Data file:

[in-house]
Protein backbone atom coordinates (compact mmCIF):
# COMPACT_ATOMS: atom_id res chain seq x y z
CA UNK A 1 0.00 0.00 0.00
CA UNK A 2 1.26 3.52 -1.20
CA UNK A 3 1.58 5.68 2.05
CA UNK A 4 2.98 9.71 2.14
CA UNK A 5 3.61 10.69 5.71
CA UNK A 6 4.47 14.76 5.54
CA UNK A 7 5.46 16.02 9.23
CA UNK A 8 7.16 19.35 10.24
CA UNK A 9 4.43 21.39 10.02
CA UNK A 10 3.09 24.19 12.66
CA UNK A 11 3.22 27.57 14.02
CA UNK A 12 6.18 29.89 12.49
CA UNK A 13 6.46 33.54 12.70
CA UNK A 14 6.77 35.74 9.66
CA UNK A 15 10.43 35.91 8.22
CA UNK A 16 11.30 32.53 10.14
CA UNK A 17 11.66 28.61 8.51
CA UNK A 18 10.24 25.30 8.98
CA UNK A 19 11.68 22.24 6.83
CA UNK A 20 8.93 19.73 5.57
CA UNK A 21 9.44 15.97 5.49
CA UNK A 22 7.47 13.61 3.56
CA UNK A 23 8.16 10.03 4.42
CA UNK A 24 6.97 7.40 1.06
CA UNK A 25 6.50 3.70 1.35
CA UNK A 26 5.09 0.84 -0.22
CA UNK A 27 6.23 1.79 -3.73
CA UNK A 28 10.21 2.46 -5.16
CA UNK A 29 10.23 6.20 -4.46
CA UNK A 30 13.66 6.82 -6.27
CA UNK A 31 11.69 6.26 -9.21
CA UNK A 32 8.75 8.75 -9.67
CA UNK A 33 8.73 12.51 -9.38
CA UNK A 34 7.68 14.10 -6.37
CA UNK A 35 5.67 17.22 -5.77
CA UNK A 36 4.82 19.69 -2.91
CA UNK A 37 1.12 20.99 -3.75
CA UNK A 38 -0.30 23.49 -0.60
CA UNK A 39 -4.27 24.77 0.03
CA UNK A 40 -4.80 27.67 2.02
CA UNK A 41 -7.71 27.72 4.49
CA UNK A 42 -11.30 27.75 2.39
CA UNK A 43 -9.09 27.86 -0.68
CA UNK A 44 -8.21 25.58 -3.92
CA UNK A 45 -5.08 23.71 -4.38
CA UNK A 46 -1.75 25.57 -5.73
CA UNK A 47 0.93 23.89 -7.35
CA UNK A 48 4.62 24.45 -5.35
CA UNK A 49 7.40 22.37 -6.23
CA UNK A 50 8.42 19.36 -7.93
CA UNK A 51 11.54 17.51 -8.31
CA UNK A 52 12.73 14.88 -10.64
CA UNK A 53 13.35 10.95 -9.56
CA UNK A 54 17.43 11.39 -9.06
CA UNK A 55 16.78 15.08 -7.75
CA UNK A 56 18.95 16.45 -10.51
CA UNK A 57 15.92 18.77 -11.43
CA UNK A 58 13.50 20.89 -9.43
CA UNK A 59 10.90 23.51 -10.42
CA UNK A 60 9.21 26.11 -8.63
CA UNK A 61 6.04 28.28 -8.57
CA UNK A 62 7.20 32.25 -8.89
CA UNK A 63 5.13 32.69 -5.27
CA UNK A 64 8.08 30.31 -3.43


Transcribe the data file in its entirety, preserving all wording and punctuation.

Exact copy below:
[in-house]
Protein backbone atom coordinates (compact mmCIF):
# COMPACT_ATOMS: atom_id res chain seq x y z
CA UNK A 1 0.00 0.00 0.00
CA UNK A 2 1.26 3.52 -1.20
CA UNK A 3 1.58 5.68 2.05
CA UNK A 4 2.98 9.71 2.14
CA UNK A 5 3.61 10.69 5.71
CA UNK A 6 4.47 14.76 5.54
CA UNK A 7 5.46 16.02 9.23
CA UNK A 8 7.16 19.35 10.24
CA UNK A 9 4.43 21.39 10.02
CA UNK A 10 3.09 24.19 12.66
CA UNK A 11 3.22 27.57 14.02
CA UNK A 12 6.18 29.89 12.49
CA UNK A 13 6.46 33.54 12.70
CA UNK A 14 6.77 35.74 9.66
CA UNK A 15 10.43 35.91 8.22
CA UNK A 16 11.30 32.53 10.14
CA UNK A 17 11.66 28.61 8.51
CA UNK A 18 10.24 25.30 8.98
CA UNK A 19 11.68 22.24 6.83
CA UNK A 20 8.93 19.73 5.57
CA UNK A 21 9.44 15.97 5.49
CA UNK A 22 7.47 13.61 3.56
CA UNK A 23 8.16 10.03 4.42
CA UNK A 24 6.97 7.40 1.06
CA UNK A 25 6.50 3.70 1.35
CA UNK A 26 5.09 0.84 -0.22
CA UNK A 27 6.23 1.79 -3.73
CA UNK A 28 10.21 2.46 -5.16
CA UNK A 29 10.23 6.20 -4.46
CA UNK A 30 13.66 6.82 -6.27
CA UNK A 31 11.69 6.26 -9.21
CA UNK A 32 8.75 8.75 -9.67
CA UNK A 33 8.73 12.51 -9.38
CA UNK A 34 7.68 14.10 -6.37
CA UNK A 35 5.67 17.22 -5.77
CA UNK A 36 4.82 19.69 -2.91
CA UNK A 37 1.12 20.99 -3.75
CA UNK A 38 -0.30 23.49 -0.60
CA UNK A 39 -4.27 24.77 0.03
CA UNK A 40 -4.80 27.67 2.02
CA UNK A 41 -7.71 27.72 4.49
CA UNK A 42 -11.30 27.75 2.39
CA UNK A 43 -9.09 27.86 -0.68
CA UNK A 44 -8.21 25.58 -3.92
CA UNK A 45 -5.08 23.71 -4.38
CA UNK A 46 -1.75 25.57 -5.73
CA UNK A 47 0.93 23.89 -7.35
CA UNK A 48 4.62 24.45 -5.35
CA UNK A 49 7.40 22.37 -6.23
CA UNK A 50 8.42 19.36 -7.93
CA UNK A 51 11.54 17.51 -8.31
CA UNK A 52 12.73 14.88 -10.64
CA UNK A 53 13.35 10.95 -9.56
CA UNK A 54 17.43 11.39 -9.06
CA UNK A 55 16.78 15.08 -7.75
CA UNK A 56 18.95 16.45 -10.51
CA UNK A 57 15.92 18.77 -11.43
CA UNK A 58 13.50 20.89 -9.43
CA UNK A 59 10.90 23.51 -10.42
CA UNK A 60 9.21 26.11 -8.63
CA UNK A 61 6.04 28.28 -8.57
CA UNK A 62 7.20 32.25 -8.89
CA UNK A 63 5.13 32.69 -5.27
CA UNK A 64 8.08 30.31 -3.43